He could have killed him. In fact, he almost did. It was a terrible accident.
Jack Keith was driving along the Pacific Coast Highway one morning during the Memorial Day weekend last year. He was admiring the waves of the Pacific Ocean momentarily when suddenly his truck hit something.
Keith’s truck had drifted into the bike lane and struck a cyclist, Tom Sovilla.
“It all happened so quickly. I looked up and boom; I just saw him flying through the air,” Keith told Fox News.
Keith feared the worst for Sovilla. He immediately pulled over and called 911. Two doctors who were also cycling stopped to help Sovilla until emergency personnel arrived. “When people were tending to him, I never saw him regain consciousness; I never saw him move a muscle. I thought he was paralyzed,” said Keith.
When Sovilla was evaluated at the hospital, he was found to have a fractured back, broken pelvis, torn knee ligaments and bruised intestines. He also suffered from two blood clots on his brain.
Keith was extremely troubled about the accident and Sovilla’s well-being. He tried in vain to get information about Sovilla’s condition from the hospital and the police department. He contacted one of the witnesses who relayed a message to Sovilla’s wife, Jenette. Keith was shocked when Jenette reached out to him five days following the incident.
“She texted me on my lunch break saying, ‘Hey, this is Jenette, Tom’s wife, the guy who was involved in the accident. He is going to be alright — we’ve been praying for you,'” said Keith.
A few days later, Jenette invited Keith to come to the hospital to visit Sovilla. Keith was nervous and unsure, but he went, wanting to do the right thing.
Keith was shocked by the reception that Sovilla and his family gave him. “I was blown away that they were OK with me being there and that they were worried about me. It was a nice start to the healing process.”
An unlikely friendship was formed.
Sovilla has been asked how he and his family could forgive Keith. Sovilla responded “holding on to things just eats away at you.” “It doesn’t necessarily hurt the other person,” he continued. “I think if people can understand that, then people would learn to forgive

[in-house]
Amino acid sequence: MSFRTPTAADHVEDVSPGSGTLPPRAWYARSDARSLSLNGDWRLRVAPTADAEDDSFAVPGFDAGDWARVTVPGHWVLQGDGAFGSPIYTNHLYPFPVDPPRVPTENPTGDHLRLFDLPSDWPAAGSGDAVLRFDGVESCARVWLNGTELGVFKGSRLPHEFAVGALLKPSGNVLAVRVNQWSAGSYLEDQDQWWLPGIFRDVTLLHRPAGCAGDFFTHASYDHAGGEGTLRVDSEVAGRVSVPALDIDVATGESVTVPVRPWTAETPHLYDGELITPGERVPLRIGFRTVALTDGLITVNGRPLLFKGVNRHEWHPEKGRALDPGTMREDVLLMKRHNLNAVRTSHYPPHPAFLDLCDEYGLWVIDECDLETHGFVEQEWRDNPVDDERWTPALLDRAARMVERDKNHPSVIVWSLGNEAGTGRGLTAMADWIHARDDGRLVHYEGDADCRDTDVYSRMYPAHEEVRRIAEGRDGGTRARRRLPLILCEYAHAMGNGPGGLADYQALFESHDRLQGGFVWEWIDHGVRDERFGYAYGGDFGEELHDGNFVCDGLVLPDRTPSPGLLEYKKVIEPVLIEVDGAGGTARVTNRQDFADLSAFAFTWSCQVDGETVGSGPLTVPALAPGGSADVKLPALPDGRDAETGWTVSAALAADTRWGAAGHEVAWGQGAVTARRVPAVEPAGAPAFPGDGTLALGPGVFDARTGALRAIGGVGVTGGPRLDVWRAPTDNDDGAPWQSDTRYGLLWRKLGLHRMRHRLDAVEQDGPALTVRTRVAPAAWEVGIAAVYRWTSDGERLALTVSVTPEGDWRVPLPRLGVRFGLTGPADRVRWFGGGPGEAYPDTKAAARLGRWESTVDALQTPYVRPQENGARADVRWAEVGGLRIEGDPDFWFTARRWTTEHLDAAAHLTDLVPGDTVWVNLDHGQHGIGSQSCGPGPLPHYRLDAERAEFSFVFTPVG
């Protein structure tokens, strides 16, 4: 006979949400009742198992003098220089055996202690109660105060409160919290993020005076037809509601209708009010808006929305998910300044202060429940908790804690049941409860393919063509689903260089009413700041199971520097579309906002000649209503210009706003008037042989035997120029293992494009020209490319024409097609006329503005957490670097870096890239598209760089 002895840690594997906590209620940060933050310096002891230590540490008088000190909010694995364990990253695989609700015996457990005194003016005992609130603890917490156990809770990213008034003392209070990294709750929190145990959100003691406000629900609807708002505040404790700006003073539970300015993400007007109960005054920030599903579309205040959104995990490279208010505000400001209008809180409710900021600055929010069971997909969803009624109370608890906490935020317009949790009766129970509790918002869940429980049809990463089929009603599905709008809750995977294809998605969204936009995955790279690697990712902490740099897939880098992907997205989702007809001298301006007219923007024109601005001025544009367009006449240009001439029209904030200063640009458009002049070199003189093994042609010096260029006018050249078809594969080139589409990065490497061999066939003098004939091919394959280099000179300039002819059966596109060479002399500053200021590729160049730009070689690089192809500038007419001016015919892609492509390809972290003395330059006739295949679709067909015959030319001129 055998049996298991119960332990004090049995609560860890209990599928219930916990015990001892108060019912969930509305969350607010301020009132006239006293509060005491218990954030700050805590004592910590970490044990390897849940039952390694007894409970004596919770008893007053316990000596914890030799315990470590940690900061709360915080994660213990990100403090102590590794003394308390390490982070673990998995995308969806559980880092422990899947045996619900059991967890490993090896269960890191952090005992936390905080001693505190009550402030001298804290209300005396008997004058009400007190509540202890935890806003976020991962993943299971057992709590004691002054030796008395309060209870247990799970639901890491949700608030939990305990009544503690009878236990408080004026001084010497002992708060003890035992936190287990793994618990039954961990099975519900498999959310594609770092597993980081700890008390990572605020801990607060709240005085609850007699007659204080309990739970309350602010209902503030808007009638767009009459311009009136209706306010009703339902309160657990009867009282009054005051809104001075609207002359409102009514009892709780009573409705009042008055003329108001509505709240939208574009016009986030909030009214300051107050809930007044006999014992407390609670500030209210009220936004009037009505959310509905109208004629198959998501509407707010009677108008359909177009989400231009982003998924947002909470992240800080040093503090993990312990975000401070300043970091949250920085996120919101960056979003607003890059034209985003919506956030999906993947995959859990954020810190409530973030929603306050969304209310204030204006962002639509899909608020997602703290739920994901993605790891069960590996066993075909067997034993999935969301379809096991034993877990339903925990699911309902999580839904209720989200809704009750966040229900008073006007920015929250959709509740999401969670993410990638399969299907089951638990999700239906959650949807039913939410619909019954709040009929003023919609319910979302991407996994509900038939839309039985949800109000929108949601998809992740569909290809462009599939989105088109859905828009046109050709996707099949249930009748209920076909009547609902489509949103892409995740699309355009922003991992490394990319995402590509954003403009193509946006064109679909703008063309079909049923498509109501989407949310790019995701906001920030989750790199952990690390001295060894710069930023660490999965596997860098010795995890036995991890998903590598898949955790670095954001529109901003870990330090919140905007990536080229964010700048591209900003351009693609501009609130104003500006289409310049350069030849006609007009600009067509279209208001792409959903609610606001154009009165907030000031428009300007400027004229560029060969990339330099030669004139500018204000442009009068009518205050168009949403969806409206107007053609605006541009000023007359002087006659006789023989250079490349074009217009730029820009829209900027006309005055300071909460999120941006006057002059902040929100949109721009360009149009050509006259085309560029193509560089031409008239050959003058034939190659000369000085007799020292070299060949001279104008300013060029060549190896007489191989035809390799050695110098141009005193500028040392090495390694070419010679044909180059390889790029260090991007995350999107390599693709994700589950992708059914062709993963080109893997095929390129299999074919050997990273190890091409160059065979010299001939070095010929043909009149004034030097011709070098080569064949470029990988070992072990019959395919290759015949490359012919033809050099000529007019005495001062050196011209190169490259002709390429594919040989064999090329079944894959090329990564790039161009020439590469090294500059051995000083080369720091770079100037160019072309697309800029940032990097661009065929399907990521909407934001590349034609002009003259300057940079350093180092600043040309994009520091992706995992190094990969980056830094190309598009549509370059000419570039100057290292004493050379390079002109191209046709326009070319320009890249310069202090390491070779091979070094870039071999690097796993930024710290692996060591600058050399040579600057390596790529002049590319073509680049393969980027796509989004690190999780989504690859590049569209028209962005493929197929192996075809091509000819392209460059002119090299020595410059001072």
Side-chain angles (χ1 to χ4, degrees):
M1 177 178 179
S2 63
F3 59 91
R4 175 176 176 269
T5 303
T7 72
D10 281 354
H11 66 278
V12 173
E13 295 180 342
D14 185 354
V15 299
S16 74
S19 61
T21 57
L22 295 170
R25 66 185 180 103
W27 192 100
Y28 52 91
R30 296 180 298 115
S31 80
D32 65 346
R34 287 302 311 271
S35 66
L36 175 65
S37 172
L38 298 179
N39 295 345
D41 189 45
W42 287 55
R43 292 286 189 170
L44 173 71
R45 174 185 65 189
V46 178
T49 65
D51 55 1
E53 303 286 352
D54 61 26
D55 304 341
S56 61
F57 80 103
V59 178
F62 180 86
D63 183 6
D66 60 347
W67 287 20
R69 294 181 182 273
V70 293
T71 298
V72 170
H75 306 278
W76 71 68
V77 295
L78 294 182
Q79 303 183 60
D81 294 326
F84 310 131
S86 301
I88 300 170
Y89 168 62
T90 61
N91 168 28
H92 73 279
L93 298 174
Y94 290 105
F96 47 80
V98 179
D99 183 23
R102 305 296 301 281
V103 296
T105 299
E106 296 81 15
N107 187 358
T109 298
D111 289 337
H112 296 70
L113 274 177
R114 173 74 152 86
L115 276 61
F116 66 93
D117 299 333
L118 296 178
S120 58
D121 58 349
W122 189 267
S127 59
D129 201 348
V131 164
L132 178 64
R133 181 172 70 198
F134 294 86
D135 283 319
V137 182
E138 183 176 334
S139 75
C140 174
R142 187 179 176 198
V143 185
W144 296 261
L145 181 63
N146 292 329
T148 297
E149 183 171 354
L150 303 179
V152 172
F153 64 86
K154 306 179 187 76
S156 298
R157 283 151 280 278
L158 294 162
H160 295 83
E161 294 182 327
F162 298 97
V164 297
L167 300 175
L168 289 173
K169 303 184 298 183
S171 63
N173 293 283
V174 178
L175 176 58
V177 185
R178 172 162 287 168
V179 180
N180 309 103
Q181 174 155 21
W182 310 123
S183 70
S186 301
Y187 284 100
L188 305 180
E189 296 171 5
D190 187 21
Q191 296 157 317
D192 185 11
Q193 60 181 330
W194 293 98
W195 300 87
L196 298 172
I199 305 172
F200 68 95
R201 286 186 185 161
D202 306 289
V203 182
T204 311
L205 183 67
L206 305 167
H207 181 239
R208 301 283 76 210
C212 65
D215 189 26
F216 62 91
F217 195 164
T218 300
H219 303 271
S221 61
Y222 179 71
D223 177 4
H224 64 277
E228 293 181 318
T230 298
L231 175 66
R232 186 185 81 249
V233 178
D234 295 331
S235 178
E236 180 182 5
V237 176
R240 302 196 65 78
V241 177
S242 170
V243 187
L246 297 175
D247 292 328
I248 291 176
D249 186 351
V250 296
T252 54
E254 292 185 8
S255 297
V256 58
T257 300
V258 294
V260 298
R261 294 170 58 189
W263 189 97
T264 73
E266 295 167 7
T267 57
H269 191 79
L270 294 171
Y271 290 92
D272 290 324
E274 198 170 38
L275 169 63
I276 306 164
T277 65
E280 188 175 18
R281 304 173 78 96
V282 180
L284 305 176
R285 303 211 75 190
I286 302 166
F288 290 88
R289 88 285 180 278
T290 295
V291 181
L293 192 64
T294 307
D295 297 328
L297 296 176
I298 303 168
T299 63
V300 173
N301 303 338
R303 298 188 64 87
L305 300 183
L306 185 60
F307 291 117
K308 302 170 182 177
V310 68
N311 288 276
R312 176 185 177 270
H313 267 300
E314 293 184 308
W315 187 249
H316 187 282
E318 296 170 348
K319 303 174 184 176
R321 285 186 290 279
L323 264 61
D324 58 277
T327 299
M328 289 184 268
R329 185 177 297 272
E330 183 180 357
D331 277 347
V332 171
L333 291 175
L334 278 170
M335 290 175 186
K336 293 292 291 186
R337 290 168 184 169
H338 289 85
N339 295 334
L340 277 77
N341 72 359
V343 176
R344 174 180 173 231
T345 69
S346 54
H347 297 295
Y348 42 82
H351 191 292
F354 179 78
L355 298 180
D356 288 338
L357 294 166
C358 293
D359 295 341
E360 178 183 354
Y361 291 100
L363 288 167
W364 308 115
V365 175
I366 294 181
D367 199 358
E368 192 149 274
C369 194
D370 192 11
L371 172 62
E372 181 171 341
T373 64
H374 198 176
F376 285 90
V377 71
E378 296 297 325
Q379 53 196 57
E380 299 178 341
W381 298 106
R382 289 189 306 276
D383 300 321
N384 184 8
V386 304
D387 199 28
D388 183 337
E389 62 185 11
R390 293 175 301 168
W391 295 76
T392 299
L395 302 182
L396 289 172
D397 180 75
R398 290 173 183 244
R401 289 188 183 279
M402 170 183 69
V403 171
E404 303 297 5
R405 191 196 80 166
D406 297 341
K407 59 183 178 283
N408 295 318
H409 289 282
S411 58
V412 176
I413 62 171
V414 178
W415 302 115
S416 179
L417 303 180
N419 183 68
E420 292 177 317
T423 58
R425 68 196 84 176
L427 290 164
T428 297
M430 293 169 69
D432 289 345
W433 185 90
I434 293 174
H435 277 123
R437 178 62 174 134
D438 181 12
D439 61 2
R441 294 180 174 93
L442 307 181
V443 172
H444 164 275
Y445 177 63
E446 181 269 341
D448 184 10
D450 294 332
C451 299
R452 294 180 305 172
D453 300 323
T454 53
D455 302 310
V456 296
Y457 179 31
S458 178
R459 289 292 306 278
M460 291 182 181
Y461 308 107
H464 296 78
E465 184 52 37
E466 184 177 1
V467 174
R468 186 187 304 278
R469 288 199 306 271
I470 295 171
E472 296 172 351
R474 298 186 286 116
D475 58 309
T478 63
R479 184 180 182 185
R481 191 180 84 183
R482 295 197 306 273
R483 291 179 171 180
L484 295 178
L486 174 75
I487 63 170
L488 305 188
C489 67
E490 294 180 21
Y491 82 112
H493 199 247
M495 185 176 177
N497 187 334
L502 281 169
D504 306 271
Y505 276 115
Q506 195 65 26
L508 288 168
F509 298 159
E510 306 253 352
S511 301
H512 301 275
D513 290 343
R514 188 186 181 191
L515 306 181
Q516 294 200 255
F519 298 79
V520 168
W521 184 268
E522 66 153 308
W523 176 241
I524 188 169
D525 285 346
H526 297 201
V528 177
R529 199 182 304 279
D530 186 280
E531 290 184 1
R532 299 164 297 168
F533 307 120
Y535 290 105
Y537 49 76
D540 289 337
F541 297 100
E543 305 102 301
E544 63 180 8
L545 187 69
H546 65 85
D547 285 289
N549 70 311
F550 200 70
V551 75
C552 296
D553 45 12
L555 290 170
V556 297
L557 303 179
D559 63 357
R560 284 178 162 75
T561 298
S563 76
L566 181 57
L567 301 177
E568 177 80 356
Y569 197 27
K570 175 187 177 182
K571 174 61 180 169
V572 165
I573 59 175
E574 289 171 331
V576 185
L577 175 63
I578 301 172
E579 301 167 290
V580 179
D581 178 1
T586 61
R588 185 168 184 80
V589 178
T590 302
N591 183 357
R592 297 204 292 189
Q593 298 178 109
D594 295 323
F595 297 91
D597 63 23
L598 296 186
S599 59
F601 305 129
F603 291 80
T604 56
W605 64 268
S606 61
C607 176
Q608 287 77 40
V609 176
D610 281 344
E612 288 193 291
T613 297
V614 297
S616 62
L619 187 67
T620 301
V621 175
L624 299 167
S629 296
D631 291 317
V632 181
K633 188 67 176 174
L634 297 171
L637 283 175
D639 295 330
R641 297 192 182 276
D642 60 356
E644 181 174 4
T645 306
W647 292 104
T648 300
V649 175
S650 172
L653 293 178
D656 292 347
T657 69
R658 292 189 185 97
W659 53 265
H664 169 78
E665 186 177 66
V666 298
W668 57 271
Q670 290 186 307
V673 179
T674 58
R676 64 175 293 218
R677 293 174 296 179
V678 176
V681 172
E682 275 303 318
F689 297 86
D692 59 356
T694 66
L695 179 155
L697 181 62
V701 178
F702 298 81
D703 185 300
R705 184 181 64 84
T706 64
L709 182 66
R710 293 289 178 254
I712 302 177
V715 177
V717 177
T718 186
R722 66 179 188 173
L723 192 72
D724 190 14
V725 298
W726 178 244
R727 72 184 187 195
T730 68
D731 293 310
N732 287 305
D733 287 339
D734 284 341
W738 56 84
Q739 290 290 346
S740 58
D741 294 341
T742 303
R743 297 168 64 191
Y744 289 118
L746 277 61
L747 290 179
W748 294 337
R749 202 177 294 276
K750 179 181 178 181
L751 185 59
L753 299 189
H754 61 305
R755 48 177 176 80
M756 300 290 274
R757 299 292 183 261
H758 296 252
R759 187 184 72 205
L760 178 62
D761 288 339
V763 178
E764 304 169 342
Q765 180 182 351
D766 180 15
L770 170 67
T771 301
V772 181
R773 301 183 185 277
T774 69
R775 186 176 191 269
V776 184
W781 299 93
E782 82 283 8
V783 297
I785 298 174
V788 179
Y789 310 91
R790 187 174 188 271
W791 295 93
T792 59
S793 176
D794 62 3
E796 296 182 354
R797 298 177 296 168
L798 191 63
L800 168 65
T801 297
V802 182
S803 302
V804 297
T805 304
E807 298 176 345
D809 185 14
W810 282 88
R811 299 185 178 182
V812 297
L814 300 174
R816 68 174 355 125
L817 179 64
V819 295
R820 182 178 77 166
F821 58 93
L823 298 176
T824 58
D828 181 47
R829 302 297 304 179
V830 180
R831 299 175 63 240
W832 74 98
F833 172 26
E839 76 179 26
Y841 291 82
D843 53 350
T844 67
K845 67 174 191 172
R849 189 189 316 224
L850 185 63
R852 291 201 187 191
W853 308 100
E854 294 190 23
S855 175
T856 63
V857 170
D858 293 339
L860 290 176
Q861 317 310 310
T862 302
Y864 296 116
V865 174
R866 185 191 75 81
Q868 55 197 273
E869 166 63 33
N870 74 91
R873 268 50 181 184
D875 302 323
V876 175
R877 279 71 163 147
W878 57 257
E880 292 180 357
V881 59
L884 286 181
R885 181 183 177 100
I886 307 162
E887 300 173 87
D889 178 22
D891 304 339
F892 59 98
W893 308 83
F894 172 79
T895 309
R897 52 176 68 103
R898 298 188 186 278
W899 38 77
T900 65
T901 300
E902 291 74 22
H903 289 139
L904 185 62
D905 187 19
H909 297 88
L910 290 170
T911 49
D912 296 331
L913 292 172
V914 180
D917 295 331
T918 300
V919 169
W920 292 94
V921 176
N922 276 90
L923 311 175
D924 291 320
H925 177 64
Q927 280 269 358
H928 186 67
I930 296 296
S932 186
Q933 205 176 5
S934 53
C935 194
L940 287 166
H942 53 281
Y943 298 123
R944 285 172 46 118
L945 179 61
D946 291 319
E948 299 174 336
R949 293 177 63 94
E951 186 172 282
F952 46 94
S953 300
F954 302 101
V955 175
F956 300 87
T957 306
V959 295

because forgiveness is a big part [of] your own mental and physical health.” Jenette Sovilla echoed her husband’s sentiment: “We could live our lives angry and bitter about lots of things that have happened to us,” she said. “Why? It doesn’t help anything.”
Keith is overwhelmed. “I’ve felt nothing but love from this man — and for the situation, that’s unheard of.”
Our sins caused the death of Jesus Christ (1 Corinthians 15:1-4). He was crucified, not for His own sins, but for ours. We are the offenders; He is the offended One. But He loved us so much that He gave His life for us so that we could live (Romans 5:8). Jesus’ death on the cross satisfied the justice of God against sin and is the means for our
forgiveness. “In Him we have redemption through His blood, the forgiveness of sins, according to the riches of His grace” (Ephesians 1:7).
Why did God send His Son to die for us? Why did Jesus give His life for us so that we might live? The reason is “nothing but love.” Read John 3:16; 15:13.
God will save and give eternal life to those who place their faith and trust in Jesus (Acts 16:30-31), turn from their sins in repentance (Acts 17:30-31), confess Jesus before men (Romans 10:9-10), and are baptized (immersed) into Christ for the forgiveness of sins (Acts 2:38). He will continue to cleanse from sin those who continue to walk in the light of
His Word (1 John 1:7-9).
How will you respond to His love? Won’t you accept it and reciprocate it through your trusting obedience?
— David A. Sargent
* Information gleaned from “California cyclist hit by truck, nearly killed, befriends driver who hit him: Bitterness ‘doesn’t help anything'” by Madeline Farber, www.foxnews.com .
David A. Sargent,
Church of Christ at Creekwood
1901 Schillinger Rd. S. Mobile, Alabama 36695